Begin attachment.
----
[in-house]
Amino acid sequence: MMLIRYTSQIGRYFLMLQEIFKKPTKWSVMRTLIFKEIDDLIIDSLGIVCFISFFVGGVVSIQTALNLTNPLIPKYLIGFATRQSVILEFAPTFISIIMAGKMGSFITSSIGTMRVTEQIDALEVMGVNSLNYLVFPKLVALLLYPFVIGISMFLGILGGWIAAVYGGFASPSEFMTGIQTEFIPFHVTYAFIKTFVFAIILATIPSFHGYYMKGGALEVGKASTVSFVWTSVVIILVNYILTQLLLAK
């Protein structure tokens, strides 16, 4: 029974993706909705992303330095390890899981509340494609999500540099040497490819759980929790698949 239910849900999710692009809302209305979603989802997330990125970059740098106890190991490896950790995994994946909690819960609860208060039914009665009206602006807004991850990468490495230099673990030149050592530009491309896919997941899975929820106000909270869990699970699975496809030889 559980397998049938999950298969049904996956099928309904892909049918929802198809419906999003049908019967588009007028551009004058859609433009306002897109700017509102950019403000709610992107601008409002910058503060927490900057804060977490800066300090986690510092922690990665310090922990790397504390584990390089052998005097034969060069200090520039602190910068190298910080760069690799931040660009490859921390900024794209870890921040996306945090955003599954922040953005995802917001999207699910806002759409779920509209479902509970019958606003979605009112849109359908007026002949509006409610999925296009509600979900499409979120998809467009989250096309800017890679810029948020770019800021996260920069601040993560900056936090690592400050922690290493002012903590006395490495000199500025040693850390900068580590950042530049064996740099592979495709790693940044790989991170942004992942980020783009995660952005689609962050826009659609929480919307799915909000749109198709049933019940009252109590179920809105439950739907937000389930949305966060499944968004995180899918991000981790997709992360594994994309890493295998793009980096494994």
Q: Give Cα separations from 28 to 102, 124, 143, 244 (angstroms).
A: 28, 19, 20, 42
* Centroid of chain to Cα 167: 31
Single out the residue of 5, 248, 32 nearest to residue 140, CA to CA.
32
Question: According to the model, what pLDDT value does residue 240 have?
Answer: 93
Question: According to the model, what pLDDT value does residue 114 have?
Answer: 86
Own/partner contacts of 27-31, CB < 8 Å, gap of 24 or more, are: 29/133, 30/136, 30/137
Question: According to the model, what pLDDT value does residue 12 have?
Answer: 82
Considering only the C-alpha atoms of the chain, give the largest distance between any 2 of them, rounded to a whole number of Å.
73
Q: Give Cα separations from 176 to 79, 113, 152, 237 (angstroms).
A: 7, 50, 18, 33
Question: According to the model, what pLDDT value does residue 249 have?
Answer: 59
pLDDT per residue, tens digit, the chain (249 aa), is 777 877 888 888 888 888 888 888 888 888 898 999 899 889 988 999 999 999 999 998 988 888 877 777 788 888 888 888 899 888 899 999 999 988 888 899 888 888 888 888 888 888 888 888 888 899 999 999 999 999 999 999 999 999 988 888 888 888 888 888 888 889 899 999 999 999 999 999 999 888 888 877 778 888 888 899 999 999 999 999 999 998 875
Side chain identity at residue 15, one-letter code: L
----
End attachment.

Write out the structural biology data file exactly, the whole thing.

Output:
[in-house]
Amino acid sequence: MMLIRYTSQIGRYFLMLQEIFKKPTKWSVMRTLIFKEIDDLIIDSLGIVCFISFFVGGVVSIQTALNLTNPLIPKYLIGFATRQSVILEFAPTFISIIMAGKMGSFITSSIGTMRVTEQIDALEVMGVNSLNYLVFPKLVALLLYPFVIGISMFLGILGGWIAAVYGGFASPSEFMTGIQTEFIPFHVTYAFIKTFVFAIILATIPSFHGYYMKGGALEVGKASTVSFVWTSVVIILVNYILTQLLLAK
């Protein structure tokens, strides 16, 4: 029974993706909705992303330095390890899981509340494609999500540099040497490819759980929790698949 239910849900999710692009809302209305979603989802997330990125970059740098106890190991490896950790995994994946909690819960609860208060039914009665009206602006807004991850990468490495230099673990030149050592530009491309896919997941899975929820106000909270869990699970699975496809030889 559980397998049938999950298969049904996956099928309904892909049918929802198809419906999003049908019967588009007028551009004058859609433009306002897109700017509102950019403000709610992107601008409002910058503060927490900057804060977490800066300090986690510092922690990665310090922990790397504390584990390089052998005097034969060069200090520039602190910068190298910080760069690799931040660009490859921390900024794209870890921040996306945090955003599954922040953005995802917001999207699910806002759409779920509209479902509970019958606003979605009112849109359908007026002949509006409610999925296009509600979900499409979120998809467009989250096309800017890679810029948020770019800021996260920069601040993560900056936090690592400050922690290493002012903590006395490495000199500025040693850390900068580590950042530049064996740099592979495709790693940044790989991170942004992942980020783009995660952005689609962050826009659609929480919307799915909000749109198709049933019940009252109590179920809105439950739907937000389930949305966060499944968004995180899918991000981790997709992360594994994309890493295998793009980096494994």
Q: Give Cα separations from 28 to 102, 124, 143, 244 (angstroms).
A: 28, 19, 20, 42
* Centroid of chain to Cα 167: 31
Single out the residue of 5, 248, 32 nearest to residue 140, CA to CA.
32
Question: According to the model, what pLDDT value does residue 240 have?
Answer: 93
Question: According to the model, what pLDDT value does residue 114 have?
Answer: 86
Own/partner contacts of 27-31, CB < 8 Å, gap of 24 or more, are: 29/133, 30/136, 30/137
Question: According to the model, what pLDDT value does residue 12 have?
Answer: 82
Considering only the C-alpha atoms of the chain, give the largest distance between any 2 of them, rounded to a whole number of Å.
73
Q: Give Cα separations from 176 to 79, 113, 152, 237 (angstroms).
A: 7, 50, 18, 33
Question: According to the model, what pLDDT value does residue 249 have?
Answer: 59
pLDDT per residue, tens digit, the chain (249 aa), is 777 877 888 888 888 888 888 888 888 888 898 999 899 889 988 999 999 999 999 998 988 888 877 777 788 888 888 888 899 888 899 999 999 988 888 899 888 888 888 888 888 888 888 888 888 899 999 999 999 999 999 999 999 999 988 888 888 888 888 888 888 889 899 999 999 999 999 999 999 888 888 877 778 888 888 899 999 999 999 999 999 998 875
Side chain identity at residue 15, one-letter code: L